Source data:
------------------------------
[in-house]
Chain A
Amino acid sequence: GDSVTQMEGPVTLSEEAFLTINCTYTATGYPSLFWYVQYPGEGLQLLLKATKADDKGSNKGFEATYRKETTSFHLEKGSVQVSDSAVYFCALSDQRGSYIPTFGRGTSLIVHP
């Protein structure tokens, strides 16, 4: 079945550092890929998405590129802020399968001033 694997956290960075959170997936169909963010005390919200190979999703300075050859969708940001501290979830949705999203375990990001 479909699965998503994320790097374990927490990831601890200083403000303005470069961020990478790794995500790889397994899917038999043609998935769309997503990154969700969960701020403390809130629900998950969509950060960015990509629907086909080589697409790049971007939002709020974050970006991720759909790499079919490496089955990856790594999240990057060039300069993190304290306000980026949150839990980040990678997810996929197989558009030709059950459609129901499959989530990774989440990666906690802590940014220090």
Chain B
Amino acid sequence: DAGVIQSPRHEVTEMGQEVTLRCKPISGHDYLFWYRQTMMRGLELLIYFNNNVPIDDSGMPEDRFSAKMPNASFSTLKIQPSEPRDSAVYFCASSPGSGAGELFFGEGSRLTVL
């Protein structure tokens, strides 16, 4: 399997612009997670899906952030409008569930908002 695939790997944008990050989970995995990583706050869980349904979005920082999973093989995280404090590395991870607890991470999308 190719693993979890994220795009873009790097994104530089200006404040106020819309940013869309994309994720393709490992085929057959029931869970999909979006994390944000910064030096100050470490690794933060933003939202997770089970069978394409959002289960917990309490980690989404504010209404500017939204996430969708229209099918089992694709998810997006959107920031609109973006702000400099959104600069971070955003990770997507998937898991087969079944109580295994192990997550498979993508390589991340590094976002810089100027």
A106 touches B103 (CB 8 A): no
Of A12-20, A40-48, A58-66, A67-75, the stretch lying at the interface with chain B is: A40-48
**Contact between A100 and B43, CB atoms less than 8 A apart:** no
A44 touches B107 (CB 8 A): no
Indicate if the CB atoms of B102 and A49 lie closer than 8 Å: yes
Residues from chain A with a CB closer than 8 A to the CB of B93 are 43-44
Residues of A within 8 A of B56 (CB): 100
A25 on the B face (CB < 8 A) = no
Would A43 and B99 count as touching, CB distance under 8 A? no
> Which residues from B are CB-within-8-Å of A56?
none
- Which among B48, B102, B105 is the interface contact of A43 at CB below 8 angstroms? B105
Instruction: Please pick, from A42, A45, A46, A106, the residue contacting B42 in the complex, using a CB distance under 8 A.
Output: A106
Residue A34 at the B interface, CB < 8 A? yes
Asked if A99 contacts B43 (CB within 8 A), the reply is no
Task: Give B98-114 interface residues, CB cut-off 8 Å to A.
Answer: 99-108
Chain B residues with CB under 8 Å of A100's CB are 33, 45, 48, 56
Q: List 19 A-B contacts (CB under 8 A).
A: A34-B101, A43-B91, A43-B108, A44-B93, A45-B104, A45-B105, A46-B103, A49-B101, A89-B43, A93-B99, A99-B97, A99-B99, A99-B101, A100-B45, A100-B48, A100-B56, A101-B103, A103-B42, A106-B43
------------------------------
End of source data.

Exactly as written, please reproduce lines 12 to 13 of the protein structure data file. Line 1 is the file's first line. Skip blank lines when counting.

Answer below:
Indicate if the CB atoms of B102 and A49 lie closer than 8 Å: yes
Residues from chain A with a CB closer than 8 A to the CB of B93 are 43-44